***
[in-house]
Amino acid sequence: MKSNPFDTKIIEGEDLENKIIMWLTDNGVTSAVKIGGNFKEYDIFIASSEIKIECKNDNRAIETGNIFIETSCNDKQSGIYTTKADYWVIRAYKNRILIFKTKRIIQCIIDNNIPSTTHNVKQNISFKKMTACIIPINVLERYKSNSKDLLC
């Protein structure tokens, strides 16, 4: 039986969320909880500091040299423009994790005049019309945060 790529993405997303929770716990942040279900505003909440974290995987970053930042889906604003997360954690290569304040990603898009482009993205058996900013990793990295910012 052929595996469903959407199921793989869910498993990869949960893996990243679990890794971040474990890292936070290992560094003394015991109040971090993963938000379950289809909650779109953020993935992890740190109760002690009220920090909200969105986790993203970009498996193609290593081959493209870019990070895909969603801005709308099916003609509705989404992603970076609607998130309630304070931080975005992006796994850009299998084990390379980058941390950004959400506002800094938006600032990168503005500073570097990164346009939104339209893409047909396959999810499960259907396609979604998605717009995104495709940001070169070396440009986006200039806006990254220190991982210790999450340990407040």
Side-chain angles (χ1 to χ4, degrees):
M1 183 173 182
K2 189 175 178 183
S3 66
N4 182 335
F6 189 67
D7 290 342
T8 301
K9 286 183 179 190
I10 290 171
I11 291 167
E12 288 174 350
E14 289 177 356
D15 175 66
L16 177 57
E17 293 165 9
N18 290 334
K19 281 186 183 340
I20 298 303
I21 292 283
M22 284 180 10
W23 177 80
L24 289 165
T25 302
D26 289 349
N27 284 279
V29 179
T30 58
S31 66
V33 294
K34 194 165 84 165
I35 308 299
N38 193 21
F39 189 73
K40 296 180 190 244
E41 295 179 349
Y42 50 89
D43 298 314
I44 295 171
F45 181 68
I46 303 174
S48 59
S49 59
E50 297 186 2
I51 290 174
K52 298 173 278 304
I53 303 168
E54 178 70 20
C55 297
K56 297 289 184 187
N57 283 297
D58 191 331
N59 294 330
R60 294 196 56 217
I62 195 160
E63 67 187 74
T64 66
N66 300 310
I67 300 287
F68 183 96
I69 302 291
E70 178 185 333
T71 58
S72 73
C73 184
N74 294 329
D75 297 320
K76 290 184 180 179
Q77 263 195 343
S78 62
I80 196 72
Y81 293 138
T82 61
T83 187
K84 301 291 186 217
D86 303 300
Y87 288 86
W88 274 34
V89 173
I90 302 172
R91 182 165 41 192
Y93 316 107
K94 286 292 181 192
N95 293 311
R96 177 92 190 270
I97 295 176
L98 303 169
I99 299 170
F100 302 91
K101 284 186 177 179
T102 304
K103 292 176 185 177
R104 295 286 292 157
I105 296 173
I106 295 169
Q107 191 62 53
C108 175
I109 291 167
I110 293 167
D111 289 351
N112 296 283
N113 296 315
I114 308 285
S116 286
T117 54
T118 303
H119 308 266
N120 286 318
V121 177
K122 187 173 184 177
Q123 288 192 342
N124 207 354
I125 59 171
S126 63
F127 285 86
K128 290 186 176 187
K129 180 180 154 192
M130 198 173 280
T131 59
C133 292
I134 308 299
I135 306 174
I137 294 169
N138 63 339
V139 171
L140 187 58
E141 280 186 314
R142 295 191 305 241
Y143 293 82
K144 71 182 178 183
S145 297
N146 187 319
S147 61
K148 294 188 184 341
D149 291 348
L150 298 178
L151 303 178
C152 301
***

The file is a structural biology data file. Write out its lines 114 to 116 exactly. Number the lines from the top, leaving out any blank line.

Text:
Q123 288 192 342
N124 207 354
I125 59 171